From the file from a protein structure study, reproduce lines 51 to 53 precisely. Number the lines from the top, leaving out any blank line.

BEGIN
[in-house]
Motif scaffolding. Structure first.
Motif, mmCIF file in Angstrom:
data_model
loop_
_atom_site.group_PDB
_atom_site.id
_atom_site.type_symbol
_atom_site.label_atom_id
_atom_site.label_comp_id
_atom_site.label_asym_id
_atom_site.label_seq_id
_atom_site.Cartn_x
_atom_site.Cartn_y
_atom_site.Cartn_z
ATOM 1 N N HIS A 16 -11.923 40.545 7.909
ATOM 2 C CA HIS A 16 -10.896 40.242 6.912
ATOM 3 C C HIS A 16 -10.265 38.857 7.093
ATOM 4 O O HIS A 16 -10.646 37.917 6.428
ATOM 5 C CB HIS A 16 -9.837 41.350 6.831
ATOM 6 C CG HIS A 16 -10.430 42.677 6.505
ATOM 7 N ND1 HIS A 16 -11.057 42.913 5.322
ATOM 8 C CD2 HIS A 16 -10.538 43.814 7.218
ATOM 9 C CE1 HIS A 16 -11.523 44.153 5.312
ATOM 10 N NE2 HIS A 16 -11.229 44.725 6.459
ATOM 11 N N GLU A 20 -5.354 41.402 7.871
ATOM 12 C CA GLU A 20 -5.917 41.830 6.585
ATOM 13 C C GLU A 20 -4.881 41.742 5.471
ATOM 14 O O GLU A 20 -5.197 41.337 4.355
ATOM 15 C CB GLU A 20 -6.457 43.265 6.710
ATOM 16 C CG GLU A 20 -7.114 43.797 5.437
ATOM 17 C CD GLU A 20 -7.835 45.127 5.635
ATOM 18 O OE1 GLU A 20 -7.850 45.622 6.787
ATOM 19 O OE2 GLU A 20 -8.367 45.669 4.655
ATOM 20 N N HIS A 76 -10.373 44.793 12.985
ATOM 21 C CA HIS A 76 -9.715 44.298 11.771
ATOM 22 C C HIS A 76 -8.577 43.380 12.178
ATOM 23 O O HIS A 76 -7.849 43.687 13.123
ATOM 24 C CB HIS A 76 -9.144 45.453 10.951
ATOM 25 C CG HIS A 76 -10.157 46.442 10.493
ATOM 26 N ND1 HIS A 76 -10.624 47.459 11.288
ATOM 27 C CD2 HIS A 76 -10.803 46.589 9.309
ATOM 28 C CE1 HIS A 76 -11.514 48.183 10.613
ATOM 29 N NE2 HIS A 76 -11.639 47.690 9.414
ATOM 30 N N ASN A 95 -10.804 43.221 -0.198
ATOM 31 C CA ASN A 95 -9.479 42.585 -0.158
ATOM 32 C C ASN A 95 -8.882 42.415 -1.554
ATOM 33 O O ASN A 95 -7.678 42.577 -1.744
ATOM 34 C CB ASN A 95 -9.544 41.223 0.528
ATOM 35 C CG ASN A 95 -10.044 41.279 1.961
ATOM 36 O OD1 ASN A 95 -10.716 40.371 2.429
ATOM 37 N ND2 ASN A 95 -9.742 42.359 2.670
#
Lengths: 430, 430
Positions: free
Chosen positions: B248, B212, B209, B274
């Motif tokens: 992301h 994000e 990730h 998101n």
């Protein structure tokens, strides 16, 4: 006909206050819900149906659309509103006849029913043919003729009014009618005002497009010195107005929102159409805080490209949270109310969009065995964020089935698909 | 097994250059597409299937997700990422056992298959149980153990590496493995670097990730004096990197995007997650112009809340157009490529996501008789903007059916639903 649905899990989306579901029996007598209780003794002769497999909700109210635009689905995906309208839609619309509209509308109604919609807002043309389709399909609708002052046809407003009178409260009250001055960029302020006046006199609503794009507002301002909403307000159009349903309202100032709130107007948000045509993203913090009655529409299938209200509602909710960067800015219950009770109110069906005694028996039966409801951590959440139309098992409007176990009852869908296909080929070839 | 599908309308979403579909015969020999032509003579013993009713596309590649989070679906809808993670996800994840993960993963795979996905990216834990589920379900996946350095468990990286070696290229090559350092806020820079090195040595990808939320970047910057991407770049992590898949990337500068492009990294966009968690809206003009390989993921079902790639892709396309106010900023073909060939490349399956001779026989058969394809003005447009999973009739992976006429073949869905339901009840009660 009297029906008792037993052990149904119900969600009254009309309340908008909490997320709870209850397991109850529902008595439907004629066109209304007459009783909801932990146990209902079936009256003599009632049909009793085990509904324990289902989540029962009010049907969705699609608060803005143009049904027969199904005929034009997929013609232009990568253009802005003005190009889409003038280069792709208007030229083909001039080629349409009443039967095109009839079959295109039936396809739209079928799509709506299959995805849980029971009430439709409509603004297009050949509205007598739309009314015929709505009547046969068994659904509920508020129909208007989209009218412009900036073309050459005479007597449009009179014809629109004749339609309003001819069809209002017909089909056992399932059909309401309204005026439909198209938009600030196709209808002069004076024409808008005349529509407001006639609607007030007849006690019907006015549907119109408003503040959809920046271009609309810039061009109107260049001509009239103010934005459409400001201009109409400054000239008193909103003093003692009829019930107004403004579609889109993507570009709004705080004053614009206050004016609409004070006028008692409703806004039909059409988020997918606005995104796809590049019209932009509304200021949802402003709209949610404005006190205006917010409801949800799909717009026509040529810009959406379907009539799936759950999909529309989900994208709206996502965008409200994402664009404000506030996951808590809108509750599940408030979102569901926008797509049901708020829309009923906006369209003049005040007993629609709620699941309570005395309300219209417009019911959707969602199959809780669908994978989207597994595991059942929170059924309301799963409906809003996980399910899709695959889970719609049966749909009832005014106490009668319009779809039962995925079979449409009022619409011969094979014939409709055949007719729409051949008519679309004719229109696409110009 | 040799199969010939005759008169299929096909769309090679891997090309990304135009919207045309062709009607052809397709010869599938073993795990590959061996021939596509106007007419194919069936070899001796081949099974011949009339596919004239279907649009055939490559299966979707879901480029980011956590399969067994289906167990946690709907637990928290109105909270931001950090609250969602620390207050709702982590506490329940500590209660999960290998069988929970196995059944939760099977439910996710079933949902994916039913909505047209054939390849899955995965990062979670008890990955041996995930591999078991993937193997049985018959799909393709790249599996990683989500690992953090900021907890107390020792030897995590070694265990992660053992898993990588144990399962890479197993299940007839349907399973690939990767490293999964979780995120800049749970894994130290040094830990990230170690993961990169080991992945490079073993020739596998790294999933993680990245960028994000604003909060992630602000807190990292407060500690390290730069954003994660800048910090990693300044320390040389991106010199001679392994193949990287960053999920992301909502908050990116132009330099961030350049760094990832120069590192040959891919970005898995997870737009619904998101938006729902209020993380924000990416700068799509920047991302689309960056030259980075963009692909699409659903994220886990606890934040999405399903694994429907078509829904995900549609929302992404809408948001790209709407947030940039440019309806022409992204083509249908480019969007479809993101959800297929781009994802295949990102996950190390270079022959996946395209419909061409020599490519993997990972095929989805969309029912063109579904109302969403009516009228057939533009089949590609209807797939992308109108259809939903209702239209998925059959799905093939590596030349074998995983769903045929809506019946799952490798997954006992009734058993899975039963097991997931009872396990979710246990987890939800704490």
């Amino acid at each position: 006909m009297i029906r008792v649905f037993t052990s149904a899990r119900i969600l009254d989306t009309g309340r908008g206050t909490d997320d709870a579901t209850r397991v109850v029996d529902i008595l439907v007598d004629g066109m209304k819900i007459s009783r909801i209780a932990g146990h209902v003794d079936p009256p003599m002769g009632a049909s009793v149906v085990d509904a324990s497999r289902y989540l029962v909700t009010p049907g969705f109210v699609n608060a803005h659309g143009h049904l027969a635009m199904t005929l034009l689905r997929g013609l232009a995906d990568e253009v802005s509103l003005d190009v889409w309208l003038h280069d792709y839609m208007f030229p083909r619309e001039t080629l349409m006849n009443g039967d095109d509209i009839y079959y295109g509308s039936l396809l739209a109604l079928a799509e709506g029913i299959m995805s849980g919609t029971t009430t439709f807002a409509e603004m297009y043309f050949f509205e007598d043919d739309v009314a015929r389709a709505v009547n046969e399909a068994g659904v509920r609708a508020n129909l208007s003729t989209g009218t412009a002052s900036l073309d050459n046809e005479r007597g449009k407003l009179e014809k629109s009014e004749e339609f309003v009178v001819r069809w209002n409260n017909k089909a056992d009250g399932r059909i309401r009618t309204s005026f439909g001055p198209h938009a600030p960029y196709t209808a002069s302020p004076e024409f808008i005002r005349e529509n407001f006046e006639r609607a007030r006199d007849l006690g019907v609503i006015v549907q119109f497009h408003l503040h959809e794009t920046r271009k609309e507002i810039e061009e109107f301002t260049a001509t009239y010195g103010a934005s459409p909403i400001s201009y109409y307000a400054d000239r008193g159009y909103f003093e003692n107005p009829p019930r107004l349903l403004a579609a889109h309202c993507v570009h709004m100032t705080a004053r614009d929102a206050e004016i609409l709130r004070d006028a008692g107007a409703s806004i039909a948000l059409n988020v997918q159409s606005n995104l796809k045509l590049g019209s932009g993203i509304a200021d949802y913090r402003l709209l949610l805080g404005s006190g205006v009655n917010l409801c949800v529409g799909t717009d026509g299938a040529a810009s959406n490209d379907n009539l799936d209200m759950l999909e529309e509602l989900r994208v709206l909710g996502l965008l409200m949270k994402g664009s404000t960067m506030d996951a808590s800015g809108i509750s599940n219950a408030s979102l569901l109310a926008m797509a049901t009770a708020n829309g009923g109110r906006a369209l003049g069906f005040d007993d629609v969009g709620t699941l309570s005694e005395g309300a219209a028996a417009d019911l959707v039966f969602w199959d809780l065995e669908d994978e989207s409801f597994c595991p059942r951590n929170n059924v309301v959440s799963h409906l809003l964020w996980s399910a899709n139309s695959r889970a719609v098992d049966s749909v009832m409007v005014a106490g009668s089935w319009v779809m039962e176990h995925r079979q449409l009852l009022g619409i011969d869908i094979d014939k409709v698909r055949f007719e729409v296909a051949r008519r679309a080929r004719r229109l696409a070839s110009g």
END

ATOM 36 O OD1 ASN A 95 -10.716 40.371 2.429
ATOM 37 N ND2 ASN A 95 -9.742 42.359 2.670
#